I don't tend to rail against political correctness too much any more. I did when I was living in two of the bellies of the beast in college and law school. But now, I tend to see PC as a self-defeating, feckless thing to be mocked, best addressed with the more-speech remedy. When political correctness is at the root of some actual official act of censorship, I firmly support calling it out — the results are often gratifying. But too often I think that (1) "political correctness" is just another way to say "boo hoo, I can't act like an ass without being called an ass, and it's chilling my speech," and (2) too few people call out politically correct idiocy on both sides.
But now and then, a story of insipid political correctness comes along and grabs my attention. Today's sample comes from the FIRE's Peter Bonilla, who pointed out an embarrassing incident at Cornell. In short, in response to a poster announcing a performance by Margaret Cho, a shadowy student group calling itself "Scorpions X" defaced posters across campus. They didn't do so because Margaret Cho is profoundly annoying. They didn't do so because, as a group with a name culled from the B-plot of a Teenage Mutant Ninja Turtles episode, they felt incapable of resisting their destiny to engage in minor and ineffectual villainy. No, they did so because the poster had the wrong font.
The font used was Chop Suey, which, according to Scorpions X, has a history of Asian-American stereotyping. In their email, Scorpions X demanded that ALANA “discontinue use of these posters [and] quarter cards immediately and also remove current postings.”
The African Latino Asian Native American Students Programming Board — which, despite encompassing more traditionally disfavored interest groups than Scorpions X, still apparently felt intimidated by them — issued an excruciating apology in which they pointed out that Margaret Cho's people had approved the poster. Oh, THAT'S a denouncing.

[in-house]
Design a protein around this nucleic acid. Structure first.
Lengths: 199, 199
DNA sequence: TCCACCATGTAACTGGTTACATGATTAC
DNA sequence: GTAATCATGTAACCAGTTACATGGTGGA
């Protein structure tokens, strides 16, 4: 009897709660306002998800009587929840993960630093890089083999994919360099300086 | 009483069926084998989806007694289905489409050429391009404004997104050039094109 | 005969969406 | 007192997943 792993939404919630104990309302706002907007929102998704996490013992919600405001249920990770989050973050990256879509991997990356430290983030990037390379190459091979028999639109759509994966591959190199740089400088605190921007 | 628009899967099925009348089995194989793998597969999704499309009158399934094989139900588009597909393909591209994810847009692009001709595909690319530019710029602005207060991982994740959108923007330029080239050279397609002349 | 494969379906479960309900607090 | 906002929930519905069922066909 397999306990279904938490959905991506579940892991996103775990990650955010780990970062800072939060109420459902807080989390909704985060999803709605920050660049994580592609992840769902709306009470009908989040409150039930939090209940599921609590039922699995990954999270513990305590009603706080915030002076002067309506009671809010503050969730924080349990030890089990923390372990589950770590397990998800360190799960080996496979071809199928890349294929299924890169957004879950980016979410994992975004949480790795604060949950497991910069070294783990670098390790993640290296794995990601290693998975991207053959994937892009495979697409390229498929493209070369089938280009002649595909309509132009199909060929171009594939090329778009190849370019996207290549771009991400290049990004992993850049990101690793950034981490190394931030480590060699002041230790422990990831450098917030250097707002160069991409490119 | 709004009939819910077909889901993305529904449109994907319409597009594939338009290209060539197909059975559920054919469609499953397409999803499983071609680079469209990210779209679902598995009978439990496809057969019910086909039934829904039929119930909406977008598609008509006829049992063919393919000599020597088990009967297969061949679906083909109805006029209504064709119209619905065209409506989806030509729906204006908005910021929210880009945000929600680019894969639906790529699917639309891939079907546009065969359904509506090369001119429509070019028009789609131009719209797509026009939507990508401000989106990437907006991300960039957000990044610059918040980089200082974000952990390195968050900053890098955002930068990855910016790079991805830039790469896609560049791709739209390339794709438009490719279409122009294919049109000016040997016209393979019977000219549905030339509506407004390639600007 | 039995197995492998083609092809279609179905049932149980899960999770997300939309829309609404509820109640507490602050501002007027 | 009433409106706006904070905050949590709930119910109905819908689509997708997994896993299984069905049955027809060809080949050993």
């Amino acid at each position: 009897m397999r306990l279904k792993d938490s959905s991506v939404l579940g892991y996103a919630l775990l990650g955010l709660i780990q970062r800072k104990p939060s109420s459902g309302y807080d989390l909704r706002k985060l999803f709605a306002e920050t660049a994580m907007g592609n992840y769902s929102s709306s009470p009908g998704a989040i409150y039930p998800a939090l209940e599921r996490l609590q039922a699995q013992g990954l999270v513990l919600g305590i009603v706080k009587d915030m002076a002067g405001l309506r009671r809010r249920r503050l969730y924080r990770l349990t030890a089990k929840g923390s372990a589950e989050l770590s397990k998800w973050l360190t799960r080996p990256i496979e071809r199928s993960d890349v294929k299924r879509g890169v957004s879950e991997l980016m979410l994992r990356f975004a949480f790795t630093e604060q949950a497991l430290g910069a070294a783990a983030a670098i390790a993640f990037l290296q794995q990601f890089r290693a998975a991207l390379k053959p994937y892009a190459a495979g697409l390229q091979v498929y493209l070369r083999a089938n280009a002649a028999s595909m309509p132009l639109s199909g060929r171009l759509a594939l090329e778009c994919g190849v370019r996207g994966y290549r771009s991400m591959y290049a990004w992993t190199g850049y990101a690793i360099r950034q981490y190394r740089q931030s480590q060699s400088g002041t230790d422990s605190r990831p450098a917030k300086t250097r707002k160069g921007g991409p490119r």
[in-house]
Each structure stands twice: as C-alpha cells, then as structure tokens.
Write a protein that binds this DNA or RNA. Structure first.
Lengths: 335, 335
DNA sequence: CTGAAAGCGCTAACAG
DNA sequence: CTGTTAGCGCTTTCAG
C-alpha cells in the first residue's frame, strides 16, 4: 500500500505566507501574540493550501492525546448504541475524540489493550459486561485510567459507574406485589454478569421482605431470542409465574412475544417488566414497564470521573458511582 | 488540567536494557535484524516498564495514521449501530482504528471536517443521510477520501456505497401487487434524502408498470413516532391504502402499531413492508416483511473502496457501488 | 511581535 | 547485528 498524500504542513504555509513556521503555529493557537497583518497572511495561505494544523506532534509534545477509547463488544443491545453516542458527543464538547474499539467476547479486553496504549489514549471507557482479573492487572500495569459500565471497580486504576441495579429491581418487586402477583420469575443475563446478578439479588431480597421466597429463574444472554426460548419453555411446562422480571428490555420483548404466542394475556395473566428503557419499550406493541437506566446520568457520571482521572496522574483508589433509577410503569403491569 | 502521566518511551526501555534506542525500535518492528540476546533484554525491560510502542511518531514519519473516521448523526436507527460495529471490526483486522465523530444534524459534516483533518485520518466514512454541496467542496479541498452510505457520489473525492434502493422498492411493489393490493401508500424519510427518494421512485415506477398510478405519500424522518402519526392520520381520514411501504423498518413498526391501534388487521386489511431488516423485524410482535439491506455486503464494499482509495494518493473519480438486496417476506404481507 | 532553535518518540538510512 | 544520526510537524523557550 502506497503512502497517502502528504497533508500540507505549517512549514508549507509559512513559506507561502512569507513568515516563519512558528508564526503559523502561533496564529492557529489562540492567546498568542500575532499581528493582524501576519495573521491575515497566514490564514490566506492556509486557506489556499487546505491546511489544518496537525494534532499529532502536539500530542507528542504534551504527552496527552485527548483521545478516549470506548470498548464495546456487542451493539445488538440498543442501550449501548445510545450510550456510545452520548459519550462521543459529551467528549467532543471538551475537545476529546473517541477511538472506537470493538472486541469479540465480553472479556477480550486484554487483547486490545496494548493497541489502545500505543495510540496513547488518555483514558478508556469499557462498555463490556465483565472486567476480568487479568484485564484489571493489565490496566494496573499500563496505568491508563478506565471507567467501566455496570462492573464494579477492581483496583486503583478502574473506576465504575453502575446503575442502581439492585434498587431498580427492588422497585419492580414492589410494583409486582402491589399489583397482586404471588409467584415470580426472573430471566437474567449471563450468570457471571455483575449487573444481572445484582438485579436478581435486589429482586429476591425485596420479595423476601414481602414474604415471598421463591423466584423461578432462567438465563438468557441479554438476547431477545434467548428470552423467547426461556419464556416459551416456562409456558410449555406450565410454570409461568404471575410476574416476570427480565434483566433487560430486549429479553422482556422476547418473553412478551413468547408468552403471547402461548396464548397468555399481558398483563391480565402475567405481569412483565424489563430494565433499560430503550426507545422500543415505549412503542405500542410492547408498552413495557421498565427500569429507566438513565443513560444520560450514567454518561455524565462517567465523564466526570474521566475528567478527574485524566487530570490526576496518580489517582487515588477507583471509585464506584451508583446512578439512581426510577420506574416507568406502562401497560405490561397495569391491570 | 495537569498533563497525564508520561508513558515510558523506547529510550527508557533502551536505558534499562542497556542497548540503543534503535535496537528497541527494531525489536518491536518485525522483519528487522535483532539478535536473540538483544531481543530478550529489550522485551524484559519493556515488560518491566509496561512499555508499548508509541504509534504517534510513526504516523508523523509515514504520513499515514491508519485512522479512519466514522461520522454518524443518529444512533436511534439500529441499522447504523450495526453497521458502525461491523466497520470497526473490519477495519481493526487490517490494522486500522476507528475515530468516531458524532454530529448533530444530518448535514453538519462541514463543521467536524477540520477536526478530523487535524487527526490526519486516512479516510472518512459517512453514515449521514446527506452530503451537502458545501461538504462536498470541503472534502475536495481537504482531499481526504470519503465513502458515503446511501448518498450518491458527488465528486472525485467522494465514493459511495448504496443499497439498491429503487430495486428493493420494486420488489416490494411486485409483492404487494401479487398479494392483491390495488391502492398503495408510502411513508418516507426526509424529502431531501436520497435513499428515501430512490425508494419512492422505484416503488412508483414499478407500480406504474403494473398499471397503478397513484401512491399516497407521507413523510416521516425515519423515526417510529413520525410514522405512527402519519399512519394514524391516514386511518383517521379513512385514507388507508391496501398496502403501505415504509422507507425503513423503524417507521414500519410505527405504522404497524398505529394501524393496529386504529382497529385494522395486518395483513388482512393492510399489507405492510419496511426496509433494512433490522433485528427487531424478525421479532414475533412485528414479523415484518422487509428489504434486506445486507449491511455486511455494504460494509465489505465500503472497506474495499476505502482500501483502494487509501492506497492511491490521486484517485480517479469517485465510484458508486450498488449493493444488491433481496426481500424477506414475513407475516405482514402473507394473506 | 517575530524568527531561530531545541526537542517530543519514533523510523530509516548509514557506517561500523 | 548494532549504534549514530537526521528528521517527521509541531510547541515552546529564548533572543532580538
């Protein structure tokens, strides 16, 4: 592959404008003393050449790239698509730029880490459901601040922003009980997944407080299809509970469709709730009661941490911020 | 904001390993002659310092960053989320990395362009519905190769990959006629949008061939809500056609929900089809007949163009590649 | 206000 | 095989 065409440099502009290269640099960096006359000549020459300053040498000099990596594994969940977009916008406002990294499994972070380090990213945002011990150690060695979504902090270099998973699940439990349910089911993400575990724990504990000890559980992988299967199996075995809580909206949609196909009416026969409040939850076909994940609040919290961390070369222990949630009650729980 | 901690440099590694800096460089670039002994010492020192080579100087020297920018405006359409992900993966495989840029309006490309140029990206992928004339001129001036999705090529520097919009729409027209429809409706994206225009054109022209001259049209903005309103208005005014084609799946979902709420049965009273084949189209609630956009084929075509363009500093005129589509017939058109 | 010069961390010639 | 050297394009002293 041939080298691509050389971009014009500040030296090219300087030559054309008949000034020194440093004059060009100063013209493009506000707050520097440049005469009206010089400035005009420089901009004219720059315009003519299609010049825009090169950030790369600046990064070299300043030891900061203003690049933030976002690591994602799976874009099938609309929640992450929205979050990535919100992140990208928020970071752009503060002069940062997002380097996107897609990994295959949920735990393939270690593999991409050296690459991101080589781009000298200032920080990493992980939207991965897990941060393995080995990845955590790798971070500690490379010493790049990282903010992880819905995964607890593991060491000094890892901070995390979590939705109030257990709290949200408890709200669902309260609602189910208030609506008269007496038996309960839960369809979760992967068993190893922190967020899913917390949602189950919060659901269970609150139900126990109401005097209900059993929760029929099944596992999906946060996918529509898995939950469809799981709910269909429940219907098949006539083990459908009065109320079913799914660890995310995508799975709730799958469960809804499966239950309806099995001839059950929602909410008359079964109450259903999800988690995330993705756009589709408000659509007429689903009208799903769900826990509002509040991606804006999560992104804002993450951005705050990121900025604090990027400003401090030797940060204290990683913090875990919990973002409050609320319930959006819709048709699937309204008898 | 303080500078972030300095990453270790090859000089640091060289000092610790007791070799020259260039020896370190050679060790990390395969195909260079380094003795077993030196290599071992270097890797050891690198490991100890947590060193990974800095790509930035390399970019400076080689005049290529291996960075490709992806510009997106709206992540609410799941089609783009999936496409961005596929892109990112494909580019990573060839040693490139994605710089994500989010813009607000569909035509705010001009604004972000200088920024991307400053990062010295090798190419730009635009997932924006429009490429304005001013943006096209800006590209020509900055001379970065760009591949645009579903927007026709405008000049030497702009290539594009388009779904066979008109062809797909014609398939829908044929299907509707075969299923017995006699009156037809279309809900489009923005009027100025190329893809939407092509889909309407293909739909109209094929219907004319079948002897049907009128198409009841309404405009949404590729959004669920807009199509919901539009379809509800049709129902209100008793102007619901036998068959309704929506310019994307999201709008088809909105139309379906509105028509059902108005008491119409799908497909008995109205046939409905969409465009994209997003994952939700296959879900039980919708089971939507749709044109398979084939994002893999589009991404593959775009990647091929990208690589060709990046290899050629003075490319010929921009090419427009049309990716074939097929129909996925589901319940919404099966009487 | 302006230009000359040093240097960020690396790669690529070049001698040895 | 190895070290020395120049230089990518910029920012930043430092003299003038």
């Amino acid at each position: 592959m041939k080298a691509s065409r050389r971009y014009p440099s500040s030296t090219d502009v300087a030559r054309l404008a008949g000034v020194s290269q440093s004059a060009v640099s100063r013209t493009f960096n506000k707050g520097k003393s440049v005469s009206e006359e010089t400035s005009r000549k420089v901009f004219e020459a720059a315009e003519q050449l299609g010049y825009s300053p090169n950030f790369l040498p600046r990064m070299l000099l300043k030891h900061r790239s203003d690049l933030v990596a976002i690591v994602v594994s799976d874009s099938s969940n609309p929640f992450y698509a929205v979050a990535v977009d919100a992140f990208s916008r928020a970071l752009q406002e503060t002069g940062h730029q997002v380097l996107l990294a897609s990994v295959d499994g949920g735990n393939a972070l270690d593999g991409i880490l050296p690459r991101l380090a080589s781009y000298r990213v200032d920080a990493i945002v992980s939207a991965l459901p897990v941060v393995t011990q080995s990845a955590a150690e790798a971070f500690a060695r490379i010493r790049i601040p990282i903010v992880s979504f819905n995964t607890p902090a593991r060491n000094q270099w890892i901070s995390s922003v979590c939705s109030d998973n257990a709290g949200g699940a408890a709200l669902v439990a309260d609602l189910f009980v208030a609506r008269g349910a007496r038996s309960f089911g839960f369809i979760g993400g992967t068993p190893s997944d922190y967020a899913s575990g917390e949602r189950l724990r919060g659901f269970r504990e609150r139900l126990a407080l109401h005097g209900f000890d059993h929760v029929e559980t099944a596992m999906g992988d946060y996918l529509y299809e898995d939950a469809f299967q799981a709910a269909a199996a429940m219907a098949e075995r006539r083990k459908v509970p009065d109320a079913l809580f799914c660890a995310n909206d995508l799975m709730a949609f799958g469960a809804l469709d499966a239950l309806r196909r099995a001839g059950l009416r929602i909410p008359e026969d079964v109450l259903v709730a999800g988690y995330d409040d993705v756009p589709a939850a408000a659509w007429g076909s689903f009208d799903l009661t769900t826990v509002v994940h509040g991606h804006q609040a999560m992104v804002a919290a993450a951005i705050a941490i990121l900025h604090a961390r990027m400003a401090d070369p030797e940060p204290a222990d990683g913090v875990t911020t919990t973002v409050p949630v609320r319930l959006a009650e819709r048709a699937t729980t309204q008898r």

But one day later, Scorpions X responded to ALANA’s email, saying that their apology letter was not acceptable and did not adequately address the situation at hand. They said that ALANA was not justified in bringing Cho to campus if her management accepted a poster using a font that, according to Scorpions X, reveals a “one-size-fits-all Asian stereotype.”
And, in a sort of preschool-level version of "death to anyone who says we are violent!", they added:
They added that members of Cornell community have unfairly accused Scorpions X of being “militant, confrontational and angry” for speaking out on racial issues.
Look, there's genuine racism against Asian-Americans in this country. It pisses me off, and not just because I'm trying to raise three Asian-American kids. I'm all for naming and shaming racist douches.
But defacing posters that make you mad is a tactic for censorious dipshits, a tactic that resembles its stupid, ugly cousin, stealing or destroying newspapers with articles you don't like. Combining censorious thuggery with adolescent levels of self-seriousness and entitlement, as Scorpions X has done, is hideously counter-productive. Believing that there is only one way to view expression that you don't like, and lashing out at splitters, is embarrassing. I don't think there's a stereotype that Asians are self-parodying, easily butthurt, hostile to dissent, and more than slightly unbalanced, but if there were such stereotypes, Scorpions X would have just dramatically reinforced them. Over a font, a font approved by the artist it depicted.
That's an example of the sort of political correctness that might move me to comment, because it's censorious and regrettable.
Last 5 posts by Ken White
- Free Speech Triumphant Or Free Speech In Retreat? - June 21st, 2017
- The Power To Generate Crimes Rather Than Merely Investigate Them - June 19th, 2017
- Free Speech, The Goose, And The Gander - June 17th, 2017
- Free Speech Tropes In The LA Times - June 8th, 2017
- I write letters - June 1st, 2017